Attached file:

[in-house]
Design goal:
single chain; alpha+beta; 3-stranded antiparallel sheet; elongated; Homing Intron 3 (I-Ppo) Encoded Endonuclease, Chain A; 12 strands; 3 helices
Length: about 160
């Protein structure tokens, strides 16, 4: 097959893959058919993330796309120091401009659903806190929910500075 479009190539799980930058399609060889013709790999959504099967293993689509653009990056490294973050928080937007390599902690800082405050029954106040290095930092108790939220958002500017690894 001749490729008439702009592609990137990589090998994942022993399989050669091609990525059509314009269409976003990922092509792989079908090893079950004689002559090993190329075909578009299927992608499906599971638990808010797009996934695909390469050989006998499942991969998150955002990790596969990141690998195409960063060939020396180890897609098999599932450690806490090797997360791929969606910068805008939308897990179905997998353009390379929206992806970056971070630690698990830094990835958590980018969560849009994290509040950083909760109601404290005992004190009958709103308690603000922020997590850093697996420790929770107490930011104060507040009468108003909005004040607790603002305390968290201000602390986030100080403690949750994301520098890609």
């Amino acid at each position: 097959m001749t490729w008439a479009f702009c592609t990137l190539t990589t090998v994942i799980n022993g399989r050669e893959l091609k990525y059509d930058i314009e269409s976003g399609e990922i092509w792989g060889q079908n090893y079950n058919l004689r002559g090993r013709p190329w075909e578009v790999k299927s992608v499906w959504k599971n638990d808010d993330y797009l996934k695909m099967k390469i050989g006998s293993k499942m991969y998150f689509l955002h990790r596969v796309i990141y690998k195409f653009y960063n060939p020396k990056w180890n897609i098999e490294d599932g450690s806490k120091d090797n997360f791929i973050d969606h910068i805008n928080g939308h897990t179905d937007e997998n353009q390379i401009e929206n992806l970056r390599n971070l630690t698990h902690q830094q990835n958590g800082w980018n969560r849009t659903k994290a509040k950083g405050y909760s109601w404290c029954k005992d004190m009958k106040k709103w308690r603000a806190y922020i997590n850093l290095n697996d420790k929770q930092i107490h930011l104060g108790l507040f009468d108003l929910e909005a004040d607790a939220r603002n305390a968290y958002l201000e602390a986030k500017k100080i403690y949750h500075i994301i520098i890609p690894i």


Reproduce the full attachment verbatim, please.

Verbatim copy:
[in-house]
Design goal:
single chain; alpha+beta; 3-stranded antiparallel sheet; elongated; Homing Intron 3 (I-Ppo) Encoded Endonuclease, Chain A; 12 strands; 3 helices
Length: about 160
């Protein structure tokens, strides 16, 4: 097959893959058919993330796309120091401009659903806190929910500075 479009190539799980930058399609060889013709790999959504099967293993689509653009990056490294973050928080937007390599902690800082405050029954106040290095930092108790939220958002500017690894 001749490729008439702009592609990137990589090998994942022993399989050669091609990525059509314009269409976003990922092509792989079908090893079950004689002559090993190329075909578009299927992608499906599971638990808010797009996934695909390469050989006998499942991969998150955002990790596969990141690998195409960063060939020396180890897609098999599932450690806490090797997360791929969606910068805008939308897990179905997998353009390379929206992806970056971070630690698990830094990835958590980018969560849009994290509040950083909760109601404290005992004190009958709103308690603000922020997590850093697996420790929770107490930011104060507040009468108003909005004040607790603002305390968290201000602390986030100080403690949750994301520098890609």
């Amino acid at each position: 097959m001749t490729w008439a479009f702009c592609t990137l190539t990589t090998v994942i799980n022993g399989r050669e893959l091609k990525y059509d930058i314009e269409s976003g399609e990922i092509w792989g060889q079908n090893y079950n058919l004689r002559g090993r013709p190329w075909e578009v790999k299927s992608v499906w959504k599971n638990d808010d993330y797009l996934k695909m099967k390469i050989g006998s293993k499942m991969y998150f689509l955002h990790r596969v796309i990141y690998k195409f653009y960063n060939p020396k990056w180890n897609i098999e490294d599932g450690s806490k120091d090797n997360f791929i973050d969606h910068i805008n928080g939308h897990t179905d937007e997998n353009q390379i401009e929206n992806l970056r390599n971070l630690t698990h902690q830094q990835n958590g800082w980018n969560r849009t659903k994290a509040k950083g405050y909760s109601w404290c029954k005992d004190m009958k106040k709103w308690r603000a806190y922020i997590n850093l290095n697996d420790k929770q930092i107490h930011l104060g108790l507040f009468d108003l929910e909005a004040d607790a939220r603002n305390a968290y958002l201000e602390a986030k500017k100080i403690y949750h500075i994301i520098i890609p690894i």